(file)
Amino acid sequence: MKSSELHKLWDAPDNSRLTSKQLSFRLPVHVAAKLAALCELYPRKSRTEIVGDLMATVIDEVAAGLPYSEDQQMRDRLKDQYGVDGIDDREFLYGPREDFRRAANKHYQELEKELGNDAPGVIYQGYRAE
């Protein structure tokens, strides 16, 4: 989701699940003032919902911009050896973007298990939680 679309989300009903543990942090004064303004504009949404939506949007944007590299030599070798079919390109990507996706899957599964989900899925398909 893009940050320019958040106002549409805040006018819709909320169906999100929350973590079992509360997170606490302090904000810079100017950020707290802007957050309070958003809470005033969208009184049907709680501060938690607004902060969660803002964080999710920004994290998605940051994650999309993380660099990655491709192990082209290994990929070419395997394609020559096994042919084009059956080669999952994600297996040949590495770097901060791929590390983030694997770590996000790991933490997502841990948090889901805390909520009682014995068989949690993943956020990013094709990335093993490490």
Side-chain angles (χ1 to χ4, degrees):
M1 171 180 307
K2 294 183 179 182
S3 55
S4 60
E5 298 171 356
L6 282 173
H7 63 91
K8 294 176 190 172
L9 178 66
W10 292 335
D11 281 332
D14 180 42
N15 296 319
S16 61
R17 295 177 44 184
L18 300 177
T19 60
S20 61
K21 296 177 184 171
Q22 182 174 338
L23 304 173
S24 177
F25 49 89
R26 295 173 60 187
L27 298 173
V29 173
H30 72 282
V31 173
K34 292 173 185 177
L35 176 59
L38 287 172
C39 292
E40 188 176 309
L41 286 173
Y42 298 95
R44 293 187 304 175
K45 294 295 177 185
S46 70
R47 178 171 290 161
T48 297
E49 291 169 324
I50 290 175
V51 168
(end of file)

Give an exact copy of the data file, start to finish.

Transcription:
Amino acid sequence: MKSSELHKLWDAPDNSRLTSKQLSFRLPVHVAAKLAALCELYPRKSRTEIVGDLMATVIDEVAAGLPYSEDQQMRDRLKDQYGVDGIDDREFLYGPREDFRRAANKHYQELEKELGNDAPGVIYQGYRAE
């Protein structure tokens, strides 16, 4: 989701699940003032919902911009050896973007298990939680 679309989300009903543990942090004064303004504009949404939506949007944007590299030599070798079919390109990507996706899957599964989900899925398909 893009940050320019958040106002549409805040006018819709909320169906999100929350973590079992509360997170606490302090904000810079100017950020707290802007957050309070958003809470005033969208009184049907709680501060938690607004902060969660803002964080999710920004994290998605940051994650999309993380660099990655491709192990082209290994990929070419395997394609020559096994042919084009059956080669999952994600297996040949590495770097901060791929590390983030694997770590996000790991933490997502841990948090889901805390909520009682014995068989949690993943956020990013094709990335093993490490």
Side-chain angles (χ1 to χ4, degrees):
M1 171 180 307
K2 294 183 179 182
S3 55
S4 60
E5 298 171 356
L6 282 173
H7 63 91
K8 294 176 190 172
L9 178 66
W10 292 335
D11 281 332
D14 180 42
N15 296 319
S16 61
R17 295 177 44 184
L18 300 177
T19 60
S20 61
K21 296 177 184 171
Q22 182 174 338
L23 304 173
S24 177
F25 49 89
R26 295 173 60 187
L27 298 173
V29 173
H30 72 282
V31 173
K34 292 173 185 177
L35 176 59
L38 287 172
C39 292
E40 188 176 309
L41 286 173
Y42 298 95
R44 293 187 304 175
K45 294 295 177 185
S46 70
R47 178 171 290 161
T48 297
E49 291 169 324
I50 290 175
V51 168